I've been listening to some more videos where regular pet owners as well as vets share their opinions and experience with 'healthy' vs 'unhealthy' diets, and one guy said it so well. He said that you can feed your pet the best diet ever, and the pet still dies young at age 6. So at first thought, it seems as if the diet didn't help. However, we don't know if that pet would have died at age 3 instead if it had been fed a crappy diet instead. So in the end it really does come down to genetics I think. Some animals (as well as people) are just lucky and can get by on a horrible diet/lifestyle, while others can do the best for their health and still have health issues or die young. But the thing is that we don't know what will happen, so offering a healthier diet/lifestyle is still a better way to stay safe in case that pet (or even ourselves) actually turn out to be prone to lots of issues later on. The same guy who said this though also said that if a pet is perfectly healthy on a lower quality diet, sometimes its best just to stick with it. One of his dogs was adopted as a senior (something like 12+ years old) and was on a cheap kibble diet his entire life. He had no health issues, so instead of changing his food, the guy decided to keep feeding the same cheap food and the dog is still alive and healthy, I think now 14 or 16 years old. However, if your pet is young, the risk with feeding a low quality food is that we don't know how the animal will be doing years down the road. I really liked hearing this guys perspective on this topic, as well as hearing everyone share their own advice and experiences here.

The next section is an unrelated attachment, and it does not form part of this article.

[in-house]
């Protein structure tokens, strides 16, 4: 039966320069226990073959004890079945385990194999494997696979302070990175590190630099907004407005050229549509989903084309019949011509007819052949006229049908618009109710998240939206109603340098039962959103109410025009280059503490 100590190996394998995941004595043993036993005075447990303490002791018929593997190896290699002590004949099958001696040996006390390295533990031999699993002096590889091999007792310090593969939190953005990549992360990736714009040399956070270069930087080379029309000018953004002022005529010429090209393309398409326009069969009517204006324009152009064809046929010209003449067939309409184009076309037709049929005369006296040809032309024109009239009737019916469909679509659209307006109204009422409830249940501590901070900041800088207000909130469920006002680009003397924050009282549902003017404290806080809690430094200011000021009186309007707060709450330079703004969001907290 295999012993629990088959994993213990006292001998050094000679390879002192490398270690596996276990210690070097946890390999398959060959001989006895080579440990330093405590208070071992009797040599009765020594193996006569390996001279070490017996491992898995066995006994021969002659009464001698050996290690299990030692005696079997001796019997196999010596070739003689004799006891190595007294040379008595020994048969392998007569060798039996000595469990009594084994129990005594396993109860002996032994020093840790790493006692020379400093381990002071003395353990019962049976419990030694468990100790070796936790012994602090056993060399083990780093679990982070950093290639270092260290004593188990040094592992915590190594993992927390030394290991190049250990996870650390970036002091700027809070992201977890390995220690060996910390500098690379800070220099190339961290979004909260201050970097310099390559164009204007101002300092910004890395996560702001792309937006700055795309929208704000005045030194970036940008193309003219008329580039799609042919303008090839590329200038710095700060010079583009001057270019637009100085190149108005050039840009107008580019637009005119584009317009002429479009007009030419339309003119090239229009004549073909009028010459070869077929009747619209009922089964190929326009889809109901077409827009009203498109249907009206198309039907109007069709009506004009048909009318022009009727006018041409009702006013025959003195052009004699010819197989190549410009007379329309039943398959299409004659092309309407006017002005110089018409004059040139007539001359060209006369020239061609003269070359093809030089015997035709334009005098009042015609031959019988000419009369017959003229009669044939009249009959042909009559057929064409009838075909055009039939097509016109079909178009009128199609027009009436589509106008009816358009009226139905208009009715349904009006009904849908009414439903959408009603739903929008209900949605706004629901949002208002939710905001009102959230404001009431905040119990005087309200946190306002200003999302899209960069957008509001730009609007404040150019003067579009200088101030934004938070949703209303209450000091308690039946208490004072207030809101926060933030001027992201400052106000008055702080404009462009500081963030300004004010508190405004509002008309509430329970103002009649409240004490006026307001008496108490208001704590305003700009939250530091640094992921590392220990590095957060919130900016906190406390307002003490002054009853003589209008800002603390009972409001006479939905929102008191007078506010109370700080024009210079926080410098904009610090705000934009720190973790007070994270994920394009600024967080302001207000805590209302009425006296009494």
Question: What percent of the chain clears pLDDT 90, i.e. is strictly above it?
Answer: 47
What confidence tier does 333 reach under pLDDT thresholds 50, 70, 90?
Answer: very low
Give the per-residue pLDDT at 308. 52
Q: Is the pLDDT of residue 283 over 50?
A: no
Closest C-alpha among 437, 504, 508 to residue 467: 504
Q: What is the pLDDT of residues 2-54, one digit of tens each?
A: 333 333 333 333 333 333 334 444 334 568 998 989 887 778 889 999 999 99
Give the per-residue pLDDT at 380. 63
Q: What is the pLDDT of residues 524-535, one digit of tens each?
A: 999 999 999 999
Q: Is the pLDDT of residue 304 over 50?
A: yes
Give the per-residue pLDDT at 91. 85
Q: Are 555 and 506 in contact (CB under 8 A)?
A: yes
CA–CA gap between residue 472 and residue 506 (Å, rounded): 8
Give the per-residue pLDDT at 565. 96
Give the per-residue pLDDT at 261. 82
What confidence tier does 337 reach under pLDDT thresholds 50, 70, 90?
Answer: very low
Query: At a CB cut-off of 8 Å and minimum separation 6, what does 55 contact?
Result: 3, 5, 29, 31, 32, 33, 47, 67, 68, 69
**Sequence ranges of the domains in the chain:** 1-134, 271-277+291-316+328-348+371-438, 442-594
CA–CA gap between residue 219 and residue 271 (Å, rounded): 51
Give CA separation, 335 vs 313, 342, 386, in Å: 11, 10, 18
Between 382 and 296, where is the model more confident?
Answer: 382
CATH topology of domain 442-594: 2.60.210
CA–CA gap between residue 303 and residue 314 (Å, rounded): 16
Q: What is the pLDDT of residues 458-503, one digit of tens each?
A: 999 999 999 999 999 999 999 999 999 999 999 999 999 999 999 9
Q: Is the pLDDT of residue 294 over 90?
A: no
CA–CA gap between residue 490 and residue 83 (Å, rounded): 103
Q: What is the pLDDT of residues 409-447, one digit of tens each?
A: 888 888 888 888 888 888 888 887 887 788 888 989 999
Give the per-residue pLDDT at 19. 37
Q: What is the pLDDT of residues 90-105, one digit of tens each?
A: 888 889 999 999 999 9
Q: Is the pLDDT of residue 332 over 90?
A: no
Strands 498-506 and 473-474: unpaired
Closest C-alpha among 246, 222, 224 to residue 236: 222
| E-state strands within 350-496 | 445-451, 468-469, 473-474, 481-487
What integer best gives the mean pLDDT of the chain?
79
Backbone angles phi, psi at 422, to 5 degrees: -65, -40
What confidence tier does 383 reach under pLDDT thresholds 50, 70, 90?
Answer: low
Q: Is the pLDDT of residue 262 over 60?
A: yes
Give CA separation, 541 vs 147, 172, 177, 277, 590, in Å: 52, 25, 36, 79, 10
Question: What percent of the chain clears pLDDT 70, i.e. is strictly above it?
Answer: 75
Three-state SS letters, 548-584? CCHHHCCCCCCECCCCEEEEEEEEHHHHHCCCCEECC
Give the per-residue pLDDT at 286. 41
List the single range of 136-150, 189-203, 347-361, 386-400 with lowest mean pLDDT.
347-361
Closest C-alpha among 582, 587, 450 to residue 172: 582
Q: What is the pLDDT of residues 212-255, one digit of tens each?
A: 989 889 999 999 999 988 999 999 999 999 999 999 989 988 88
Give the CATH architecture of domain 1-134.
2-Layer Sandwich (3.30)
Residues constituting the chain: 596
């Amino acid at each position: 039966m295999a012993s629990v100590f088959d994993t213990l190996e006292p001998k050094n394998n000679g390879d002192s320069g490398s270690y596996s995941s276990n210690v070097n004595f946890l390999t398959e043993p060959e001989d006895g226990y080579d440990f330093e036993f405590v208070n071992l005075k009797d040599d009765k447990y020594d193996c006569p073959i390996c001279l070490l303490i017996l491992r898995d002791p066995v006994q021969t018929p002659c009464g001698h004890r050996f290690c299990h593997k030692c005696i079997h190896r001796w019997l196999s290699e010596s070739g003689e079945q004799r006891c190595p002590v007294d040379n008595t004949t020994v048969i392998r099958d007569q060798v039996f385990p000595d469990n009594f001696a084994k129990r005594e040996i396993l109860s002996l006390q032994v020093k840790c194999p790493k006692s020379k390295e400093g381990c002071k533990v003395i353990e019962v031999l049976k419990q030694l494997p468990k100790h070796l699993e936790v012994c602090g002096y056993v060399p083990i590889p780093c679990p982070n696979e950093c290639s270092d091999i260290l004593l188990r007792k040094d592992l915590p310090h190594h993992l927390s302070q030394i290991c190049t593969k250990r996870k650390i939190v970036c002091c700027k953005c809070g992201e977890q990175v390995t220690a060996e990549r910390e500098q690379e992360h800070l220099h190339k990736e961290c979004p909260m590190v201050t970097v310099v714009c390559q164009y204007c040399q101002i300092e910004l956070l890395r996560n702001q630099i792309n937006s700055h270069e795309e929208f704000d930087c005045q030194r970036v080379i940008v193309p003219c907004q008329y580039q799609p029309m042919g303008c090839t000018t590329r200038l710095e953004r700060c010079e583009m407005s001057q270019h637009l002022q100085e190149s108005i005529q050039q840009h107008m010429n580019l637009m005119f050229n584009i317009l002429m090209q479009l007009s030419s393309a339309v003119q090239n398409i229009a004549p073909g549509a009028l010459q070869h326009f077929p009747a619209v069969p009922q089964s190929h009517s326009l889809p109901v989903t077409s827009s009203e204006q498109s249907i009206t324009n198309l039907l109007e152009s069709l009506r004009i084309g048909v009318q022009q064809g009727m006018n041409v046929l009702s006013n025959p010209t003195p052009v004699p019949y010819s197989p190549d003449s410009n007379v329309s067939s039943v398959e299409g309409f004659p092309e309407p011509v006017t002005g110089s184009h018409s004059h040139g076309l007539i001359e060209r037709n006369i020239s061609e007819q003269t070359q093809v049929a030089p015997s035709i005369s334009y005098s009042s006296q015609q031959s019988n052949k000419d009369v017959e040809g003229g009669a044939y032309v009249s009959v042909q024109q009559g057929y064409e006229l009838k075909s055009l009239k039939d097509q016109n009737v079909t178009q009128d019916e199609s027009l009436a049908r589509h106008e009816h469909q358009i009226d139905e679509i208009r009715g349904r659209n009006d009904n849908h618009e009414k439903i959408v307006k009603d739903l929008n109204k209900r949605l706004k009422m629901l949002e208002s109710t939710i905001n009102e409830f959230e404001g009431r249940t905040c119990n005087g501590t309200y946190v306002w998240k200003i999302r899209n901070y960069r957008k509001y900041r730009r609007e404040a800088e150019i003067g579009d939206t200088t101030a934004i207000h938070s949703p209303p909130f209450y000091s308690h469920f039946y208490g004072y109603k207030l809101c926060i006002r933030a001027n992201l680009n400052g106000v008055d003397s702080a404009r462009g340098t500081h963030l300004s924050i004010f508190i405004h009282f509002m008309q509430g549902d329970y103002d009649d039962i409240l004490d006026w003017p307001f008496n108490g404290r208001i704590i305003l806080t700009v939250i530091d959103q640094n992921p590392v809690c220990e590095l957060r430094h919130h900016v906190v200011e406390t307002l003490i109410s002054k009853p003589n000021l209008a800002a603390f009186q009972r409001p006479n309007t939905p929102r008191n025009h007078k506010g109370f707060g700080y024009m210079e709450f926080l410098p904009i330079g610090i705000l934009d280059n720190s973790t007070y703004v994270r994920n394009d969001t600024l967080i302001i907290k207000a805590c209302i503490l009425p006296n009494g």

botolo

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I agree that there are so many variables. And of course, I think that nobody here is advocating feeding junk food to our pets. The issue is what is truly bad and what is truly good. When you hear raw food supporters, it looks like anything else is like poison. Then there are the folks who say dry food is evil (any kind), and canned food is heaven. Then you have the people who say "no gran" and research that seems to suggest (at least for dogs) that a grain free diet is not healthy. And then the big issue of meat by-product.
 

Robyn5678

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The best wet food is going to be the one your cats will eat. I spent over $300 a month on high quality cat food, yet mine prefer to eat friskies, so that is what they are going to get.

You’ll get a lot of opinions on food. But in the end, it’s going to be up to your budget and the cat.

my parents fed their 2 cats nothing but fancy feast, friskies and dry food for 18 years and they were fine.